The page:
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I've been keeping this blog for nine years and I began my 10th year of beekeeping in April 2015. Now there are about 1270 posts on this blog. . Please use the search bar below to search the blog for other posts on a subject in which you are interested. You can also click on the "label" at the end of a post and all posts with that label will show up. At the very bottom of this page is a list of all the labels I've used.

Even if you find one post on the subject, I've posted a lot on basic beekeeping skills like installing bees, harvesting honey, inspecting the hive, etc. so be sure to search for more once you've found a topic of interest to you. And watch the useful videos and slide shows on the sidebar. All of them have captions. Please share posts of interest via Facebook, Pinterest, etc.

I began this blog to chronicle my beekeeping experiences. I have read lots of beekeeping books, but nothing takes the place of either hands-on experience with an experienced beekeeper or good pictures of the process. I want people to have a clearer picture of what to expect in their beekeeping so I post pictures and write about my beekeeping saga here. Along the way, I've passed a number of certification levels and am now a
Master Beekeeper Enjoy with me as I learn and grow as a beekeeper.

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Tuesday, April 03, 2007

Problems with Proteus

I opened Proteus as part of my inspection today to see how they were doing with the starter strips in the medium box. What a mess! These bees are building comb like gangbusters but are ignoring any guidance from me via the starter strips. Consequently, the first frame I examined (#2) looked like this.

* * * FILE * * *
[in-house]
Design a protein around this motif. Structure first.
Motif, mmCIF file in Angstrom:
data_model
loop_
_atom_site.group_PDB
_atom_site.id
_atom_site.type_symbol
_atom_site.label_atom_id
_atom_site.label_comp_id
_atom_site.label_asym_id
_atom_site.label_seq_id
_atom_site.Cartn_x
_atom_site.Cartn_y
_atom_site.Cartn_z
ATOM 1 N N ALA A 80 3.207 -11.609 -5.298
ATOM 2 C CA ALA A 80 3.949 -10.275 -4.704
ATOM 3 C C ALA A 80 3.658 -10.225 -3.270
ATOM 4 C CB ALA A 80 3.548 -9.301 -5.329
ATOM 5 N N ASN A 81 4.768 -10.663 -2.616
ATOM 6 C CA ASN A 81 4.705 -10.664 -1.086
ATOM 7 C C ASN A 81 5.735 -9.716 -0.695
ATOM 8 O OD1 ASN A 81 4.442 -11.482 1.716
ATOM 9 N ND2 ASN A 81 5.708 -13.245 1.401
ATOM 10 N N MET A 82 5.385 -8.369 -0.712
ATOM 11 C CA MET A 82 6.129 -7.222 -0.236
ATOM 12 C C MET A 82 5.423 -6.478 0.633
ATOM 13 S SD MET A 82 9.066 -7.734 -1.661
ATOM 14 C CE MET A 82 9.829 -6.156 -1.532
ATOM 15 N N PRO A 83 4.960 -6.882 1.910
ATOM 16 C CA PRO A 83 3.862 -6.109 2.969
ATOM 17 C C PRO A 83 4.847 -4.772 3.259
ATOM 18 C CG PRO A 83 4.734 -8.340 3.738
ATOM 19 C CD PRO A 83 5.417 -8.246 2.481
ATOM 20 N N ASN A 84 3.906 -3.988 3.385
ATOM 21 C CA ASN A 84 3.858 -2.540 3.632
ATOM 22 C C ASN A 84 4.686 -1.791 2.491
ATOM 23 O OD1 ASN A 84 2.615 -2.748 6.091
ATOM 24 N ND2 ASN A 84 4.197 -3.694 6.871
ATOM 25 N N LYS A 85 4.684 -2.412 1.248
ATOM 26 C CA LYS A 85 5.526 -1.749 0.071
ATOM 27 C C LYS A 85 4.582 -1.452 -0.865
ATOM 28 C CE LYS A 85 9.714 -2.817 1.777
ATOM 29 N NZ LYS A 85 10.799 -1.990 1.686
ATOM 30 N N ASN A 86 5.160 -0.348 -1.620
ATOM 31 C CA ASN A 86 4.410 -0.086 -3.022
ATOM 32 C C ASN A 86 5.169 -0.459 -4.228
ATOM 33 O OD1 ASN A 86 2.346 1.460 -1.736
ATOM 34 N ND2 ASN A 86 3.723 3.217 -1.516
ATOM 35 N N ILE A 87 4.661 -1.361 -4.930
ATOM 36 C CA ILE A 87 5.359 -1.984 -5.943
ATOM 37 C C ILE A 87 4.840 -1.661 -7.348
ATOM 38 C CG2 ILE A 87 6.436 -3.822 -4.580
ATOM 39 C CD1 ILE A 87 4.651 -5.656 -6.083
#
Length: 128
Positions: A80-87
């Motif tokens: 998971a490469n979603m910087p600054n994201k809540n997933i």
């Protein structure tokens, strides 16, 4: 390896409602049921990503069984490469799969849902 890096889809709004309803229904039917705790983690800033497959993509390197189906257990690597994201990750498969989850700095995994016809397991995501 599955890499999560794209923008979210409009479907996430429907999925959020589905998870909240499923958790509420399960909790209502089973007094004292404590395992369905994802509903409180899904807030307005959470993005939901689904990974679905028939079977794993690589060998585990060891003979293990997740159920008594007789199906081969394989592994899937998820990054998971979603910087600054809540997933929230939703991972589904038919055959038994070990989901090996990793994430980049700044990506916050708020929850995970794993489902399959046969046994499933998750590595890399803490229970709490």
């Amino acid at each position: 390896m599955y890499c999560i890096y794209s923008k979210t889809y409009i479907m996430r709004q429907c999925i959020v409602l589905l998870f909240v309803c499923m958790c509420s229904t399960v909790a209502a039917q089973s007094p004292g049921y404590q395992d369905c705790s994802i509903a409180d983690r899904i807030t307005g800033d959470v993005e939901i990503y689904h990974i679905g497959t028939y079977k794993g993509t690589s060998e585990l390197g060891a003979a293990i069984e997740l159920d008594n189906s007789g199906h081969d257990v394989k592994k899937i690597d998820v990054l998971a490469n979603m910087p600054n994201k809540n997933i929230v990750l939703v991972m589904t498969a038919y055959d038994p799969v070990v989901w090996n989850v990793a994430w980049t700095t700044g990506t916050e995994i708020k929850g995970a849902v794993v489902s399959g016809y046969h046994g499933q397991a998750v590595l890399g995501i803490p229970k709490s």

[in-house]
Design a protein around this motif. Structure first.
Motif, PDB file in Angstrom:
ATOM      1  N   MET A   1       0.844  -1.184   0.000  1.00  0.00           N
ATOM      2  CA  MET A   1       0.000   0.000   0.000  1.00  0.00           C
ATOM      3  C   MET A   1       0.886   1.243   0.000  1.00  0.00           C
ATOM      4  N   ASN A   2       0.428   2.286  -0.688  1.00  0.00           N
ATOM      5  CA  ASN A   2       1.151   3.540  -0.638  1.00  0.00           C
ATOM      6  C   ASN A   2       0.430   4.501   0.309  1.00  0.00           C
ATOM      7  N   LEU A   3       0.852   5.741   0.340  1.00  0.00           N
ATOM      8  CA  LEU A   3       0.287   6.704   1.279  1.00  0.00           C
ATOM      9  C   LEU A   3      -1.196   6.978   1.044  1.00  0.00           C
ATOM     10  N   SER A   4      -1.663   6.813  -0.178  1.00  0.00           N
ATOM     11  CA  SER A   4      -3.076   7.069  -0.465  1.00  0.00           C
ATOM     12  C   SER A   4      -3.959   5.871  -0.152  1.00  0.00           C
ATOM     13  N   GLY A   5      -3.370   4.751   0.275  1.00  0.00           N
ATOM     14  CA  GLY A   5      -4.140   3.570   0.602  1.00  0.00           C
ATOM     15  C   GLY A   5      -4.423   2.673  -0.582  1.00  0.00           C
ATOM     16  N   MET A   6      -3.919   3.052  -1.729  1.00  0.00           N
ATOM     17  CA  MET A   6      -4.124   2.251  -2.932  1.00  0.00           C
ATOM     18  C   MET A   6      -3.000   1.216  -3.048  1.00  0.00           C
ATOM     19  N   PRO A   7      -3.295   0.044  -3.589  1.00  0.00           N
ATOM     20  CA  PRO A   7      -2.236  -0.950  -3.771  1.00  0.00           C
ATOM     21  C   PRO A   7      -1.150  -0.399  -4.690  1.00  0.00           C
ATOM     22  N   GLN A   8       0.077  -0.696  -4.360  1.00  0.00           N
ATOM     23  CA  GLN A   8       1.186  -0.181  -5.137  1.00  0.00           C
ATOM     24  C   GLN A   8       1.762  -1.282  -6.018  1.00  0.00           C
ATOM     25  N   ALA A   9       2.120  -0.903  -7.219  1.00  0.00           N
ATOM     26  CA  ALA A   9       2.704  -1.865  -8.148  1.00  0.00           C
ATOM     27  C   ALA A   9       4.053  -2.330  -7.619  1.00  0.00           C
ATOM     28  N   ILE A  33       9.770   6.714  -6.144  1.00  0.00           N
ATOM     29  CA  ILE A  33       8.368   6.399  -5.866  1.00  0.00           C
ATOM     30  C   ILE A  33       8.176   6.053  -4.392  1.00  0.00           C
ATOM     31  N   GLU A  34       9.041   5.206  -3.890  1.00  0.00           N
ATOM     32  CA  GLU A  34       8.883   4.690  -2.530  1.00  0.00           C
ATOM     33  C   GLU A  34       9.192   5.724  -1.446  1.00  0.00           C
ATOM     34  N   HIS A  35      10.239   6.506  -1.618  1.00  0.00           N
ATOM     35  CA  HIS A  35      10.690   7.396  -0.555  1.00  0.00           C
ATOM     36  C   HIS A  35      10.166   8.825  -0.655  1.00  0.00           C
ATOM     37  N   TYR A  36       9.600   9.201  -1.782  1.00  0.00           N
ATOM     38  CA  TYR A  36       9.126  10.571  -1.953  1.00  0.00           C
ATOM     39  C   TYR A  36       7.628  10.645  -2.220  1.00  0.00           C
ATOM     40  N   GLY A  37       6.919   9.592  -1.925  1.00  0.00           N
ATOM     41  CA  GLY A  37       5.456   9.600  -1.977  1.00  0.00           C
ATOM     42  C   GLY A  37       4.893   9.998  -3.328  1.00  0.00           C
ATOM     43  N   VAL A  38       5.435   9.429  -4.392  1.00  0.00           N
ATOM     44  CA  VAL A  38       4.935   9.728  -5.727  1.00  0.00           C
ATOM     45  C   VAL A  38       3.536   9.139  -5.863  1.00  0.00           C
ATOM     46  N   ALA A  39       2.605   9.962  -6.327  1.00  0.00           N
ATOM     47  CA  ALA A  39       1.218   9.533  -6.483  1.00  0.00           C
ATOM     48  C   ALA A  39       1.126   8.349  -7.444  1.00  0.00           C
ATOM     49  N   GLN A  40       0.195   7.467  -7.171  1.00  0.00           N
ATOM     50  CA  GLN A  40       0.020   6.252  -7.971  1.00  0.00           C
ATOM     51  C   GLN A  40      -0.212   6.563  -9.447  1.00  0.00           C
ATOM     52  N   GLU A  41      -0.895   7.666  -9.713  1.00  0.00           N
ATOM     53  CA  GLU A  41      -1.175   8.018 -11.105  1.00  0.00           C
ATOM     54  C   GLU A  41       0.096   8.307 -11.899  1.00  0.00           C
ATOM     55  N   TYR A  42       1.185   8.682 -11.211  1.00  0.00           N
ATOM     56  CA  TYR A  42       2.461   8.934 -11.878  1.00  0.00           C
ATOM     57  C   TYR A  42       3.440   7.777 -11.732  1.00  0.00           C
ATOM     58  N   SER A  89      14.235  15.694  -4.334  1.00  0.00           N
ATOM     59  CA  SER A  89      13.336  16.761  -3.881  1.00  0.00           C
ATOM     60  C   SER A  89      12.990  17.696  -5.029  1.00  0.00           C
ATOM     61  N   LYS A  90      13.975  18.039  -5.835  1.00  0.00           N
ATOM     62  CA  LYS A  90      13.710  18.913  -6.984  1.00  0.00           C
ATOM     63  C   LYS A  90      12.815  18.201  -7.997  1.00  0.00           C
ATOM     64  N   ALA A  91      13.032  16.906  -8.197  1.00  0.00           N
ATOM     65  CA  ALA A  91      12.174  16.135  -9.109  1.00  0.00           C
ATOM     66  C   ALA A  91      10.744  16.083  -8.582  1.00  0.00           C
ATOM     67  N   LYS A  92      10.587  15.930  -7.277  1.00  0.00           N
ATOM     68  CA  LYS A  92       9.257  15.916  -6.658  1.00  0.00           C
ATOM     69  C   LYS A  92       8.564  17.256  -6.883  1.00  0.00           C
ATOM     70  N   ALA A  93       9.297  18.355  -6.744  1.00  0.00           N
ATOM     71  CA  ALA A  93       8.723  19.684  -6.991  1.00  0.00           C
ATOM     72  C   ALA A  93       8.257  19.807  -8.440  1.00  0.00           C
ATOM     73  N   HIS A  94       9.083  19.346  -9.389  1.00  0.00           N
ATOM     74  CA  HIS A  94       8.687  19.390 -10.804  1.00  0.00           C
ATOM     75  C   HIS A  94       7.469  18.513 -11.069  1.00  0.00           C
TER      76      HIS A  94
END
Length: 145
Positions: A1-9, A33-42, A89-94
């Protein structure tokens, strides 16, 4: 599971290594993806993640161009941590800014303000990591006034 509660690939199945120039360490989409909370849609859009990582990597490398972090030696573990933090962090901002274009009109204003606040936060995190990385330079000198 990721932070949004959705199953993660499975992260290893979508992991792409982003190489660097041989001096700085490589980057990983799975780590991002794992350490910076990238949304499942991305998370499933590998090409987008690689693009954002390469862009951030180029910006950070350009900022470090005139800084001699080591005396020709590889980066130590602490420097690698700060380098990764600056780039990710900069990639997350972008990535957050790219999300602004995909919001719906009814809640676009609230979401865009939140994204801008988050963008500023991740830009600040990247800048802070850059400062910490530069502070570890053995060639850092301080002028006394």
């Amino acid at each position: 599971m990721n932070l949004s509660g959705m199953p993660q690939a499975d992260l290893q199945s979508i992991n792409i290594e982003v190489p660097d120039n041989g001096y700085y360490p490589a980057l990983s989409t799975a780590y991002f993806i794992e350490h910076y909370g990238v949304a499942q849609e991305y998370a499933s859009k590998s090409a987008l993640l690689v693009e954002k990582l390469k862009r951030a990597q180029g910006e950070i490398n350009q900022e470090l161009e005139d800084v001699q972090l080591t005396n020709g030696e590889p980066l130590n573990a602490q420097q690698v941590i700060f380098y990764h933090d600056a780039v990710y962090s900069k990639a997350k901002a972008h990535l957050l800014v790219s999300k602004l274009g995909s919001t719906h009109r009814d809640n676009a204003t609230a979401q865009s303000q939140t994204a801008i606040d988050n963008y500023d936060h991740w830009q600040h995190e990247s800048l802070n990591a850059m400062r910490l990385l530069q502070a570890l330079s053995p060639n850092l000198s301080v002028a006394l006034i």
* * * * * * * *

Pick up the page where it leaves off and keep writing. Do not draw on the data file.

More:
I didn't remove any further frames from the box because there was comb going every which way and sticking the frames together. Here's the view looking down into the box at frames #3 and #4.
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See the mess and the broken comb from when I tried to pull out the frame.
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When I put the box back together a huge clump of comb was in the box and I needed to get it out of the way, so I put it on the deck rail with all of the bees on it. They moved off of it but stayed in a clump and I realized that these were house bees, unused to flying. So I went inside and got a Sierra cup and brushed the bees into the cup and shook them onto the hive. The comb had unripe honey all in it so I took it indoors to discourage robbing.

Later today I went back into the hive to work a little on the mess. Below you can see a comb out into the space between frames. I took a Swiss army knife and cut the comb loose and straightened it onto the bottom of the frame. I still need to cut some comb out that is layering behind it, but I had to go back to work and will have to deal with that on another day.

Here you can see it cut and moved but there is still a problem with this frame that I need to address soon on another visit, but I had to go back to work and we have had storms all evening so no chance of reopening the hive until another day.

Needless to say, this was a difficult turn of events and I did not do a powdered sugar shake on Proteus....both because I was a little panicked about what was going wrong in the comb building and because with all the dripping honey, I figured the powdered sugar would make a real mess.
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